This, then, is the field which this collection explores. The book falls roughly into three sections. The first comprises an introduction, written jointly by the four editors, and three more essays which look at tensions between the two theoretical paradigms. Michael Peters outlines Habermas’s project and canvases the argument between Habermas and Lyotard. Wayne Hope also centres on Habermas, championing his work against the poststructuralism of Jean Baudrilliard in the interests of maintaining an oppositional critique of the bourgeois public sphere in an age of accelerated information. Mark Olssen looks at Michel Foucault’s negotiation of marxism. For Olssen, as for many of the writers in this volume, Foucault is the acceptable face of French high theory, his work being affirmed for its worldly rejection of what is seen in Lacan and Derrida as a language-bound idealism. But while broadly endorsing Foucault’s critique of Marx and his attention to the politics of everyday life, even here Olssen finds too much abstraction and the “eclipse” of any real “political dimension”.
The contributors who follow address their theoretical technologies to a range of specific issues of more-or-less global application. James Marshall and Heather Worth again take their bearings from Foucault. Marshall’s essay examines the implications for educationalists of Foucault’s conception of the field of power/knowledge. Worth, who is a researcher with the Aids Foundation, offers a rather less orthodox reading of his work on eroticism and pleasure. In this interesting piece, a Foucault who sounds oddly libertarian comes laced with French feminism and with a Derrida who sounds strangely Foucauldian (“Derrida’s concern is with power relations within the order of discourse”). Derrida is also a point of reference for George Pavlich and R S Ratner in their discussion of the possibilities of a postmodern justice, though again it is predictably the Derrida of the later work on the law as opposed to the better known and more extravagant work of the 70s.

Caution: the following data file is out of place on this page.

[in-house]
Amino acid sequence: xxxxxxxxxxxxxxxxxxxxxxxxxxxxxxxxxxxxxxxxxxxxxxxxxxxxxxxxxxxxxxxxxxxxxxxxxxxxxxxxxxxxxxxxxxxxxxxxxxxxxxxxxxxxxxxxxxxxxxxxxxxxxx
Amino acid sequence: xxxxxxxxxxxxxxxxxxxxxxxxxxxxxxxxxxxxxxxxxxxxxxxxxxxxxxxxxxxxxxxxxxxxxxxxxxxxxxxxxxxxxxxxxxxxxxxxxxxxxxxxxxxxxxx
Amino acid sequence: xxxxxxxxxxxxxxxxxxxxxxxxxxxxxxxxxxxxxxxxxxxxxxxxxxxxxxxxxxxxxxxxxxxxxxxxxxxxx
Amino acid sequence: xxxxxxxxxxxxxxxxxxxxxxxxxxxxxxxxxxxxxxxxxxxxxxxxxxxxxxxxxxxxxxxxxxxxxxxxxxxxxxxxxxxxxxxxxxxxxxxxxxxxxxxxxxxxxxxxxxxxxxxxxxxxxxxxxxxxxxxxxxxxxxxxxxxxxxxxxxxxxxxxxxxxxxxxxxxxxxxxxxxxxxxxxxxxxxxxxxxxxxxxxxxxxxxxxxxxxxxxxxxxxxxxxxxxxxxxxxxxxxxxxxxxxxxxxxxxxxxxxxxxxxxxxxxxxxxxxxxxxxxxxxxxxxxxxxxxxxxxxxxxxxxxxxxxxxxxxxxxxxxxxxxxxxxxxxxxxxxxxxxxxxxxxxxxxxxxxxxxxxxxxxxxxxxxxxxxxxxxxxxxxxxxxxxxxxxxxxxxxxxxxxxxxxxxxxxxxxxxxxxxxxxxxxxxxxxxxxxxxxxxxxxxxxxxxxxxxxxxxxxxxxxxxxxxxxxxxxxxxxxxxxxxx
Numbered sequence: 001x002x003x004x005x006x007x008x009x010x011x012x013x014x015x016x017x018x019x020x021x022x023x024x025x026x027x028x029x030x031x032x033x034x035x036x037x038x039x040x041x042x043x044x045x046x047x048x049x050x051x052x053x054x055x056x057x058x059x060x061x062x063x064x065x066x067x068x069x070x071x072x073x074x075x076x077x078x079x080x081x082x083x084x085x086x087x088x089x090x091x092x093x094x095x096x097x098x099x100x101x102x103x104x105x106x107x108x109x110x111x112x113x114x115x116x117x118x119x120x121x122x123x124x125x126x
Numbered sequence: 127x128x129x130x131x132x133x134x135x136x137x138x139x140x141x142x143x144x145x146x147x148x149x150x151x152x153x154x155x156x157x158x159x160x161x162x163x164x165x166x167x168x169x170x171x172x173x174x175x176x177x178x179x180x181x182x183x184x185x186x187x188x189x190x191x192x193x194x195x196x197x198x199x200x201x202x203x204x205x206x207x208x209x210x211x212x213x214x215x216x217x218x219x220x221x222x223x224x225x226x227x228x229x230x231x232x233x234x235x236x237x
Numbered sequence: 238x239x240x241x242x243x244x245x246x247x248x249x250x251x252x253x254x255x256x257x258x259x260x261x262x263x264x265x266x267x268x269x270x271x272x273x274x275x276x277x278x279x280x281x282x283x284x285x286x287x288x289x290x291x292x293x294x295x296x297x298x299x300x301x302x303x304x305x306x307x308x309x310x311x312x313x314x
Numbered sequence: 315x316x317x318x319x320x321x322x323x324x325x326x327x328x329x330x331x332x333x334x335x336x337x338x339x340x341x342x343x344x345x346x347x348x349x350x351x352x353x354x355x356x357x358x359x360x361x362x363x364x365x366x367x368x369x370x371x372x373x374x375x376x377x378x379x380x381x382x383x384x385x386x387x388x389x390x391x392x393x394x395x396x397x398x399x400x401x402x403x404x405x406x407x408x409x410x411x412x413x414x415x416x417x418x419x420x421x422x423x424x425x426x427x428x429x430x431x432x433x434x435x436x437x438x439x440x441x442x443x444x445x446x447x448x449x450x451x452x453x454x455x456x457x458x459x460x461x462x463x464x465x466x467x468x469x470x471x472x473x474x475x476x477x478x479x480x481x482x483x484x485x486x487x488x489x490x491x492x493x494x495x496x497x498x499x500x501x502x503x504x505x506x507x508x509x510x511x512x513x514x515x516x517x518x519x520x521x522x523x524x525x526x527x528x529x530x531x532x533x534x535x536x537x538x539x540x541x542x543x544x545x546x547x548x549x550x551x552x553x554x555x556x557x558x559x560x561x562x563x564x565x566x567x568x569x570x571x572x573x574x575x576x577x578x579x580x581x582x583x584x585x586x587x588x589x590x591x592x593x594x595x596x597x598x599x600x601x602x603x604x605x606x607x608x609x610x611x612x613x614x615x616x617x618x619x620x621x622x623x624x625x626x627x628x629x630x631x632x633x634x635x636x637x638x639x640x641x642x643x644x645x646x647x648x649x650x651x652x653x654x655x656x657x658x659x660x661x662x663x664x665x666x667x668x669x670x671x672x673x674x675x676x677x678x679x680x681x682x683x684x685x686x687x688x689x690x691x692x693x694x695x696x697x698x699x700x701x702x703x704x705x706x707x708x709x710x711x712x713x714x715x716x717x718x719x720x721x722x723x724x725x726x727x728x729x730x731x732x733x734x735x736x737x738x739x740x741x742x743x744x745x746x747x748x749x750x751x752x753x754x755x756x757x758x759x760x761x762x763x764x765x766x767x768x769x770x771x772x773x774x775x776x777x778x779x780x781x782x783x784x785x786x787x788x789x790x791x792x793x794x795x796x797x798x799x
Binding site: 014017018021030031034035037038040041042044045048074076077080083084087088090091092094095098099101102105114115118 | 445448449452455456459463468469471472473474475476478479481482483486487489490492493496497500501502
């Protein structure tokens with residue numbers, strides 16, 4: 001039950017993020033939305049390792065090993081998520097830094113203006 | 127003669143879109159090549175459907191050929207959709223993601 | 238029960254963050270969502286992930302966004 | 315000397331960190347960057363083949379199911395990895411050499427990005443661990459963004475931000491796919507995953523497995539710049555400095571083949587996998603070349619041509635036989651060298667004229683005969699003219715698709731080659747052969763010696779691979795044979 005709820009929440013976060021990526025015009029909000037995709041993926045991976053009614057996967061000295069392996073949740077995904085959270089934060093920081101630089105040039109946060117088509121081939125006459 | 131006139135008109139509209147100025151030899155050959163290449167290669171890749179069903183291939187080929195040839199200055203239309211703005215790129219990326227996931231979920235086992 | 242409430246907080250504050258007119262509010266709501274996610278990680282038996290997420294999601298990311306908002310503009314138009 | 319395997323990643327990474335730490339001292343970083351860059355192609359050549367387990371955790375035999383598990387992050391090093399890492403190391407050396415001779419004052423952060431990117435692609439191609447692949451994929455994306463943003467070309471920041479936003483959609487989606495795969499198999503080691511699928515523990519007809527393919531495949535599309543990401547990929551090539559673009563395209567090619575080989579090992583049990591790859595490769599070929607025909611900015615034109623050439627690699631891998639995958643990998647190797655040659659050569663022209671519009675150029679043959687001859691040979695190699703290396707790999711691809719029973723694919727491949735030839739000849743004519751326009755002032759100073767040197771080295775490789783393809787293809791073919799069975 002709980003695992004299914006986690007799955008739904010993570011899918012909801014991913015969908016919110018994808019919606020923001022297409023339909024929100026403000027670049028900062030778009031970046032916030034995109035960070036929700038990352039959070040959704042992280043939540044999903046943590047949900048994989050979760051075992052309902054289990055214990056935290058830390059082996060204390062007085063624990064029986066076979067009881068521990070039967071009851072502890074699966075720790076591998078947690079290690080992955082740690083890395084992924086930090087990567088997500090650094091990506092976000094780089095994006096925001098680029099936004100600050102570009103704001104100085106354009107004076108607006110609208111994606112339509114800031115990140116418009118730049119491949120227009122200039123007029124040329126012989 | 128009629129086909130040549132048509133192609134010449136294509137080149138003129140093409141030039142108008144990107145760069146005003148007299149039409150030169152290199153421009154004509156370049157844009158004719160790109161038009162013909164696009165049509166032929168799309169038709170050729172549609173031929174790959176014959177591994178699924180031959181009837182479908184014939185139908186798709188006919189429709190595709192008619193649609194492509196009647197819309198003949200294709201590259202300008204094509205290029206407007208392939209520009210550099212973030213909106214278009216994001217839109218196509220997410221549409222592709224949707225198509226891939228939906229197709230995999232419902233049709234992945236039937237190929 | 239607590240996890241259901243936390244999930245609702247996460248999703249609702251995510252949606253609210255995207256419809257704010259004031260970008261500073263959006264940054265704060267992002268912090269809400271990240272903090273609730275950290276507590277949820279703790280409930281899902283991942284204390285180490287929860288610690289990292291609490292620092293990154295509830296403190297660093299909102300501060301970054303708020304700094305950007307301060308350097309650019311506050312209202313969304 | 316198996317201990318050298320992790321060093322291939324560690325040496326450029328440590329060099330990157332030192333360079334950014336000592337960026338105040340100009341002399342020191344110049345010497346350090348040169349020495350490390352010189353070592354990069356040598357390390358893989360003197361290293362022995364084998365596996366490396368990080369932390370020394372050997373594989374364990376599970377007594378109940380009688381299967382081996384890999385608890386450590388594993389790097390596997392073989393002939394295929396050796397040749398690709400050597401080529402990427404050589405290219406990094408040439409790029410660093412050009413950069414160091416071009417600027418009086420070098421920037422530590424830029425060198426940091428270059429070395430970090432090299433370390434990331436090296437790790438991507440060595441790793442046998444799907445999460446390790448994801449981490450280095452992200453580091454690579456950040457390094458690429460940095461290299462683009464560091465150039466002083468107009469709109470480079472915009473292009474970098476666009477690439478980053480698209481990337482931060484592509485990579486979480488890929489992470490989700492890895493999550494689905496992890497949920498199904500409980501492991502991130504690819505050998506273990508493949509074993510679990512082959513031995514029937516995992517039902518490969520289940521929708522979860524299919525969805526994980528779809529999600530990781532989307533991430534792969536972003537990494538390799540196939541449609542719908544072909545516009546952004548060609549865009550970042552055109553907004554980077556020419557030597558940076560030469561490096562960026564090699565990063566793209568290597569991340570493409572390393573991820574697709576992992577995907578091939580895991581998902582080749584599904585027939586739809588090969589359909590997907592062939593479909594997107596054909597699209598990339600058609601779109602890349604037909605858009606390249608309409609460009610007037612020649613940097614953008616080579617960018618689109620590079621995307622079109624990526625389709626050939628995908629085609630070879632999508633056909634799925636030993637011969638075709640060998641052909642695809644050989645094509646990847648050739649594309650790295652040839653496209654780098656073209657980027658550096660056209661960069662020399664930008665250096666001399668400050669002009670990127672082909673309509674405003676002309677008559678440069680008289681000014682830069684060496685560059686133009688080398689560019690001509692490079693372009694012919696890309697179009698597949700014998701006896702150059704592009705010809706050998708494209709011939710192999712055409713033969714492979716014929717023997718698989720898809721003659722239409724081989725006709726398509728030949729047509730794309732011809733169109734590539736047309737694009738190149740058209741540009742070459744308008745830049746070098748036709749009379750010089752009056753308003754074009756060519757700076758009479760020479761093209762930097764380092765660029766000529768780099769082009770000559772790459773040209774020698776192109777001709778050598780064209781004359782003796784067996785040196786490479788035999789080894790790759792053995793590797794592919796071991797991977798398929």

An essay by Tony Ward, from the department of architecture at Auckland University, makes a bridge between these relatively broad-canvas applications and the explicitly local focus of the work with which the book concludes. In a tone reminiscent of Edward Said and his attack on the alleged complicity of American deconstruction under the Reagan administration, Ward critiques both the conservatism which he finds in postmodern architecture and the critical obscurantism of the academic theory which endorses it. He underlines his call for a more transparent and bare-handed pedagogy with appealing vignettes from his own teaching praxis first in the United States and more recently in Auckland.
The essays which follow are (with the exception of a more difficult piece by Steven Webster on postmodernism and its cultural “others”) comparatively undemanding in their theoretical texture and local and empirical in their focus and methodology. In this sense, then, the arrangement of the volume seems implicitly to align itself with Ward’s anti-elitist rhetoric and it is in this last section that non-academic readers are most likely to find things to interest them. An essay by Chris Harris on the calculative blindness of economic rationalism and Janet McLean’s legal reading of the two senses of the “contracting” state make important contributions to a resistant understanding of free-market liberalism. And Ranginui Walker is effortlessly authoritative in his (once more) Foucault-inflected chapter which closes the volume, mapping relations between Maori and pakeha across multiple sites of “power, resistance and struggle”.
For its useful explanations of a number of complex theoretical ideas and for the commitment with which it brings its armoury to bear on those social and political issues which most urgently characterise our particular situation, Critical Theory is a salutary event. In a climate in which it is difficult to publish difficult and specialised books, the publisher must be applauded for having the conviction to put this work between covers. However, given that in this sense it amounts to rather an unusual opening, I find I can’t help wishing that its ambit was just a little bit broader.